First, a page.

Music May Motivate You, but It Won't Necessarily Make You Better at Sports

Music might help with your self-esteem when you play sports. . (Photo: MRProduction/Shutterstock)

For me, it's "Hall of Fame" by The Script. That's the song that makes me push through mental boundaries and run faster and farther when I want to give up. Music is a powerful motivator when it comes to fitness. It can help distract you from discomfort, motivate you to push harder, and just make workouts more fun. But what it can't do, according to a research, is improve your overall performance — at least not for certain sports.

A study published in the journal Frontiers in Psychology took a closer look at music in sports, specifically how listening to music could affect one's overall performance. Researchers asked 150 volunteers to throw a ball into a basket. For the first phase of the study, participants threw the ball from a fixed point (they could not choose where to stand). They threw the ball while listening to music of their choice, while not listening to music, or while listening to music that the researcher selected. For the second phase, they were able to choose where to stand when throwing the ball and performed the same activity with the various music options. Participants were also given a monetary incentive to sink the shot.

The study found that listening to music, whether it was music of the volunteer's choice or a song chosen for them, did not make the participants more or less likely to get the ball in the basket. It had no effect. What it did do was increase self-esteem and make the study participants more likely to take risks, especially for males who were allowed to choose their own music. This was assessed in the second phase in which volunteers were able to choose their starting point before throwing the ball.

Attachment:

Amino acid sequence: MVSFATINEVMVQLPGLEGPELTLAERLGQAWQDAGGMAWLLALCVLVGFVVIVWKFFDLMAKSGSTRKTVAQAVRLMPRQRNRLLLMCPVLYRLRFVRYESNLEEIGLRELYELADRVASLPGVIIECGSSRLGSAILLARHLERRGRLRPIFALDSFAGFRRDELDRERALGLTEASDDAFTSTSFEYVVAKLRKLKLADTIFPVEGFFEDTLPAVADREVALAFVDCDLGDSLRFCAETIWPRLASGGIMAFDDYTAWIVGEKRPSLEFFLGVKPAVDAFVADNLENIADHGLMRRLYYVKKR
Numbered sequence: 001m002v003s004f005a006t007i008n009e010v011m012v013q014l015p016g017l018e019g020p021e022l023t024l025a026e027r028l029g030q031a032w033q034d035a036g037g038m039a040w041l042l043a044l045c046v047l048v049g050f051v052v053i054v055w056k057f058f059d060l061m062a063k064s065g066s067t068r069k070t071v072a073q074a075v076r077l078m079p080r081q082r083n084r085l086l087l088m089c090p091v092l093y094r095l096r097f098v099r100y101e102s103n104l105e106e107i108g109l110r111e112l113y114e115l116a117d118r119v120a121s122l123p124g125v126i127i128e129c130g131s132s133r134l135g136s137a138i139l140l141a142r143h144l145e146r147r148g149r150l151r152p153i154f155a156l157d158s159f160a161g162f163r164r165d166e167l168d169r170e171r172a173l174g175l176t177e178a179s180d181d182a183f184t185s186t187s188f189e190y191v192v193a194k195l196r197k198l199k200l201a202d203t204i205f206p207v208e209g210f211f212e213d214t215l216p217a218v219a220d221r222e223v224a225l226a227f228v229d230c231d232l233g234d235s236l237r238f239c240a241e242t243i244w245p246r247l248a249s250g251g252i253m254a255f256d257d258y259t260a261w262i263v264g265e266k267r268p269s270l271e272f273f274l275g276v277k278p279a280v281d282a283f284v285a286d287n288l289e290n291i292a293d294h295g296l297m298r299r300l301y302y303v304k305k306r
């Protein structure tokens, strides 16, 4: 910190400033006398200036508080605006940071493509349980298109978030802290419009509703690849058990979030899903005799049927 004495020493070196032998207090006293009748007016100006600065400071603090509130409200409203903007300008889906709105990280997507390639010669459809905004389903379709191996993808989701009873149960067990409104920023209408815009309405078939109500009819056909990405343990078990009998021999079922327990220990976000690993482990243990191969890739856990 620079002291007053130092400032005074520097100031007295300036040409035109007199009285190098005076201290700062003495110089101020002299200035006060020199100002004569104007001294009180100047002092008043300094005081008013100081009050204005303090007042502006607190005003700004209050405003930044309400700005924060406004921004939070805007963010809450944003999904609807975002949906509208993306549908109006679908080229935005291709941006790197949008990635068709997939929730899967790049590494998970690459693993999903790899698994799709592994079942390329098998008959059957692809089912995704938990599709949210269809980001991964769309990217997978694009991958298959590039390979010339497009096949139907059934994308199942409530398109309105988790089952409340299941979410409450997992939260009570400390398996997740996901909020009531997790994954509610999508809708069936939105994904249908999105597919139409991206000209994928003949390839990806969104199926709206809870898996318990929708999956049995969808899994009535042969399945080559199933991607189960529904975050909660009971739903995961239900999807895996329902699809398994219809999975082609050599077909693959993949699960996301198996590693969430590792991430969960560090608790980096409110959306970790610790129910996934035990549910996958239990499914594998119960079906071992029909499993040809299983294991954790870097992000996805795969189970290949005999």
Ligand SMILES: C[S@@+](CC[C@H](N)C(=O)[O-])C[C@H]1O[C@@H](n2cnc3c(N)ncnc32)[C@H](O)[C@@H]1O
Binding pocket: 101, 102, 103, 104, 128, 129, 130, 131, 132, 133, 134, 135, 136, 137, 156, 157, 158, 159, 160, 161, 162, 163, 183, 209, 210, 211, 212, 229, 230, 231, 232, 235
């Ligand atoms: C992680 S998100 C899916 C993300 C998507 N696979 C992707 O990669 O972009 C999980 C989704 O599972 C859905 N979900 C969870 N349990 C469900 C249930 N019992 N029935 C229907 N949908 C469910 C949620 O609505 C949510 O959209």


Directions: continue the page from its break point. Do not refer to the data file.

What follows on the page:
"The results suggest that psychological processes linked to motivation and emotion play an important role for understanding the functions and effects of music in sports and exercise," said Dr. Paul Elvers, an interdisciplinary music researcher from Max Planck Institute for Empirical Aesthetics and a co-author of the study.

In other words, music may pump you up. And it may even help you workout harder and longer than you would without it. But no matter what song you listen to, it's not going to help you get that ball into the basket.

Why tempo matters

woman with headphones dancing to music
Put on your favorite music and dance. (Photo: Rocketclips, Inc./Shutterstock)

But sometimes it's not just about how well you play — it's about just making the effort. Maybe you just want to have the energy to keep playing or running or dancing.

Another study, also published in Frontiers in Psychology, took a detailed look at how music tempo might affect exercise. Researchers found that listening to high-tempo music makes people feel like they're working less while also benefiting their bodies more.

"We found that listening to high-tempo music while exercising resulted in the highest heart rate and lowest perceived exertion compared with not listening to music," study author Luca P. Ardigò of the University of Verona in Italy said in a statement. "This means that the exercise seemed like less effort, but it was more beneficial in terms of enhancing physical fitness."

The study found that the beneficial effects of high-tempo music were greatest for people who were walking or running and were felt the least for those who were doing high-intensity exercises such as weightlifting.

High-tempo music has between 170–190 beats per minute. Sites like jog.fm can help you find the perfect songs at the perfect tempo. Taylor Swift's "Bad Blood" is 170 bpm. Alicia Keys' "Wreckless Love" is 181 bpm.

Find some songs you like and start moving.